Typhoid in Zimbabwe
Typhoid fever, a serious disease affecting between 11 and 21 million people worldwide, is commonly found in the developing regions of Asia, Africa and Latin America. Symptoms include high fevers, weakness, stomach pains, headaches, loss of appetite and diarrhea. Severe cases even lead to serious health complications and even death. Typhoid occurs most often in areas with poor sanitation and contaminated food and water. There are 128,000 to 161,000 typhoid-related deaths every year.
Typhoid in Zimbabwe
On 24 February 2018, the Harare City Health Department (HCHD) suspected 3,187 cases and confirmed 191 cases of typhoid in Zimbabwe. This was the latest major typhoid outbreak in Zimbabwe. Most typhoid outbreaks in the capital, Harare, are caused by municipal water shortages and the use of contaminated boreholes and shallow wells. HCHD works to improve water, sanitation and hygiene (WASH) throughout the city in order to lower typhoid cases and outbreaks in Zimbabwe. They repair boreholes, fix burst sewers, conduct water testing and sampling and educate local residents about water quality and typhoid.
Resistance to antibiotics creates another problem. Around one in five typhoid patients are already resistant to the common typhoid antibiotics and in some areas, resistance raises to a staggering 73 percent. For example, ciprofloxacin is an antibiotic widely used in the treatment of typhoid. However, 20 percent of typhoid patients in Harare show resistance to ciprofloxacin. Alternative antibiotics are more expensive and less available to patients, and although the sale of these medications without a prescription is illegal, over-the-counter purchases are a common practice.
The Typhoid Conjugate Vaccine
A solution to the problem of ineffective medicine is the typhoid conjugate vaccine (TCV). The current typhoid vaccines can only provide short-term protection to patients and more importantly, cannot be given to children. The typhoid conjugate vaccine can reduce the need for antibiotics and unlike other vaccines, it provides longer-lasting protection, requires only one dose and works for children older than six months. The creation of the typhoid conjugate vaccine is a large step in global health.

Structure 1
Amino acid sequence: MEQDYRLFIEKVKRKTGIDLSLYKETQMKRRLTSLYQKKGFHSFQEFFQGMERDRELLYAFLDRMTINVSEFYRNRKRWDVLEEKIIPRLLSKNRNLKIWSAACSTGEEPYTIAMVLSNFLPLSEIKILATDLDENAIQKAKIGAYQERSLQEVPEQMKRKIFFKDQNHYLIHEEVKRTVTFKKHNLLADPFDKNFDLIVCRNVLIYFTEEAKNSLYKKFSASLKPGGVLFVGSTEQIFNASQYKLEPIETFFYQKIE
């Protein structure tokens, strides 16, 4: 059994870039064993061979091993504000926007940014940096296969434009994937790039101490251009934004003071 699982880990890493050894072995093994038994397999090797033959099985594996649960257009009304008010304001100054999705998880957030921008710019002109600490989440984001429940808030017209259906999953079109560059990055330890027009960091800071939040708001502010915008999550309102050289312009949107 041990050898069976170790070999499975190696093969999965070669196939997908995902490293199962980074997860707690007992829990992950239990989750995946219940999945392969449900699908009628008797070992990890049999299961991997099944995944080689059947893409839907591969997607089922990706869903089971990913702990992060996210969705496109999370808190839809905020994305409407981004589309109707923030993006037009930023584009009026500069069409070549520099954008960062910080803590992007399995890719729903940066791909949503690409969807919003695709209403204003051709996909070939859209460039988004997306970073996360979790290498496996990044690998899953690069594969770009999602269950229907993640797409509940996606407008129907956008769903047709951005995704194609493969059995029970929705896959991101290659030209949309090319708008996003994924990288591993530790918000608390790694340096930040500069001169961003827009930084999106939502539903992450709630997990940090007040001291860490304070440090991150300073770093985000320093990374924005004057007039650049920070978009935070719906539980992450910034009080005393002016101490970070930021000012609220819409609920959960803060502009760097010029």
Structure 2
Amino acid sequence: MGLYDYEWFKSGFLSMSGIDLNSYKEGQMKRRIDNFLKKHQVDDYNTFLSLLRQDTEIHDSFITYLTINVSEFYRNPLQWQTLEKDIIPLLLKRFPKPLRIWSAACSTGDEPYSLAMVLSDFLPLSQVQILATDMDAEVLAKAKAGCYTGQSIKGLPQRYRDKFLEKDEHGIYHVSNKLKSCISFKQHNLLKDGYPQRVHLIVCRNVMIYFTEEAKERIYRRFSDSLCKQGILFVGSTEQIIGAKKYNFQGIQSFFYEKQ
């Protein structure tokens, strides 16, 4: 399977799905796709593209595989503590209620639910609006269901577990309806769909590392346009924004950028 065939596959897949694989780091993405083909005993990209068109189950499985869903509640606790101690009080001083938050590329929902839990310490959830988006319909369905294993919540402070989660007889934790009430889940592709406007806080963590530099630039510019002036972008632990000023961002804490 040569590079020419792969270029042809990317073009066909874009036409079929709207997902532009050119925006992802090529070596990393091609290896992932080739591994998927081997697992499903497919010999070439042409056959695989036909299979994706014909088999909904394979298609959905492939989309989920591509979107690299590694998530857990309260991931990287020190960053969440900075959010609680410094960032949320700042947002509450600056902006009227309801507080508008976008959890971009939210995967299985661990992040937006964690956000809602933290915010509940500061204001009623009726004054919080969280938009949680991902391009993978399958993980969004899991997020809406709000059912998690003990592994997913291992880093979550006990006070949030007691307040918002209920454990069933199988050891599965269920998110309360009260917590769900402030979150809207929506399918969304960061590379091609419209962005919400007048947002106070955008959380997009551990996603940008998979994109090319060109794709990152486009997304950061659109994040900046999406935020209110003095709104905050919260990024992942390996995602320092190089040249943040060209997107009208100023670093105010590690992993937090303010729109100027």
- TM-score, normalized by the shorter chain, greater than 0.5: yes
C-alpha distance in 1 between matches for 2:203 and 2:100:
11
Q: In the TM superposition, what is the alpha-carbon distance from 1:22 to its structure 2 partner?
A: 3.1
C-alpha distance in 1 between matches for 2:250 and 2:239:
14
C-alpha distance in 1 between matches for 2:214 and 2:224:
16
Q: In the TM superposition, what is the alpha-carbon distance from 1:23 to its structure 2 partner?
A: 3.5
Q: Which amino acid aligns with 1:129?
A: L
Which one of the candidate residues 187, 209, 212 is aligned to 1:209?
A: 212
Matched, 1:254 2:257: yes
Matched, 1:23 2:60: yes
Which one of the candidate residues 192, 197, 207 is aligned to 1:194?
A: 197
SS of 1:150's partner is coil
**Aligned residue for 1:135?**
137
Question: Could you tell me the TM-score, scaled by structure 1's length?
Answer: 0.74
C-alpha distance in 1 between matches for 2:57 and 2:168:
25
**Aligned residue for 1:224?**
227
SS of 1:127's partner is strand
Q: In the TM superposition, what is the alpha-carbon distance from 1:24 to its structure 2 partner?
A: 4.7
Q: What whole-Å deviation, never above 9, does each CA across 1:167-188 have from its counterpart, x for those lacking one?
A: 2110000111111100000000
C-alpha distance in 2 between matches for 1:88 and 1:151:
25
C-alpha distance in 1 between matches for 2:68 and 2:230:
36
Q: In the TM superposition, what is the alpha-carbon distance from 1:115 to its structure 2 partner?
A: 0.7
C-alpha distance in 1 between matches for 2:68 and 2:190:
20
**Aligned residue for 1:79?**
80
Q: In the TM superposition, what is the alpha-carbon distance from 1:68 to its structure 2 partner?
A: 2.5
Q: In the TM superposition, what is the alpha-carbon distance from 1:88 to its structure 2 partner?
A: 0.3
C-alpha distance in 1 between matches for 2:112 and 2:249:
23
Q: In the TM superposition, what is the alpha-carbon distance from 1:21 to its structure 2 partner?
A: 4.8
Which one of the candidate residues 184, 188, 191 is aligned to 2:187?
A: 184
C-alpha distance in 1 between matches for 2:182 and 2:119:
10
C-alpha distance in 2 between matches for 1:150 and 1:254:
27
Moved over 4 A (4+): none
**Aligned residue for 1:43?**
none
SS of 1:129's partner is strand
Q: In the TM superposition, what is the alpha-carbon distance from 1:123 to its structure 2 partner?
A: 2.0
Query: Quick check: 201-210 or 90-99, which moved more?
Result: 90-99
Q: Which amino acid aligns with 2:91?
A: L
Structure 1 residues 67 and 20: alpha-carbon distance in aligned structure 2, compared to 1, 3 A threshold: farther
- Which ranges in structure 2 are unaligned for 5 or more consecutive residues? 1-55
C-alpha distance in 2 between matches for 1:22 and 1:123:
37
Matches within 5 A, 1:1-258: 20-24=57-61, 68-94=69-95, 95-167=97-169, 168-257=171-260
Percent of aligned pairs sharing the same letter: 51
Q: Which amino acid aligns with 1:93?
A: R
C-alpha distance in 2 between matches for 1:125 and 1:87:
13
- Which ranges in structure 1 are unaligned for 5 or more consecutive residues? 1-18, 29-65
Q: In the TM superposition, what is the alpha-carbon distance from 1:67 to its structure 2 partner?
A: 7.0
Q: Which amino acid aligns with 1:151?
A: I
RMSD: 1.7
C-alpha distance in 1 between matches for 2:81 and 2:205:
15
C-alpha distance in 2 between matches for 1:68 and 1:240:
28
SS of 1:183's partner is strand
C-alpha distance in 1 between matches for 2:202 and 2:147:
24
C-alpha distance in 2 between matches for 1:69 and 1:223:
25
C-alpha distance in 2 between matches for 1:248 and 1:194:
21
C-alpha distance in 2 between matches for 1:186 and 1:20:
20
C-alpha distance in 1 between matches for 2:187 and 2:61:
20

Kathy Neuzil, leader for the Typhoid Vaccine Acceleration Consortium at the University of Maryland, said: “I have been in my career for around 25 years but these sorts of opportunities, where everything comes together, don’t happen very often. Here we had a vaccine that had been tested but wasn’t being used. Now it is licensed by the World Health Organization and Gavi is supporting countries to introduce it.” The TCV is making history, especially helping with typhoid in Zimbabwe.
The Typhoid Conjugate Vaccine in Zimbabwe
A major vaccine campaign began in Harare on 22 February 2019. Approved by the World Health Organization (WHO), carried out by Zimbabwe’s Ministry of Health and funded by Gavi, The Vaccine Alliance, this campaign is the first in Africa to use the typhoid conjugate vaccine. It targets children aged from six months to 15 years old, and in high-risk areas, it will provide adults up to 45-years-old with the typhoid conjugate vaccine. By the end of the campaign on 3 March 2019, the typhoid conjugate vaccine will be available to 325,000 people throughout the capital city.
Dr. Seth Berkley, CEO of Gavi, is optimistic about the typhoid conjugate vaccine, saying: “These new conjugate vaccines will be a game-changer, not only in the battle against typhoid but also in the global effort to tackle drug resistance. The fact that they are now ready to be used to contain this devastating outbreak in Zimbabwe is fantastic news.”
Although vaccination campaign will significantly decrease typhoid outbreaks in Zimbabwe, vaccines are only a short-term solution. Completely eradicating typhoid in Zimbabwe will also require sustainable solutions for clean water and improved sanitation and hygiene. Together, the typhoid conjugate vaccine and sustainable WASH measures in Harare and other cities will help control and fight typhoid in Zimbabwe.
– Natalie Dell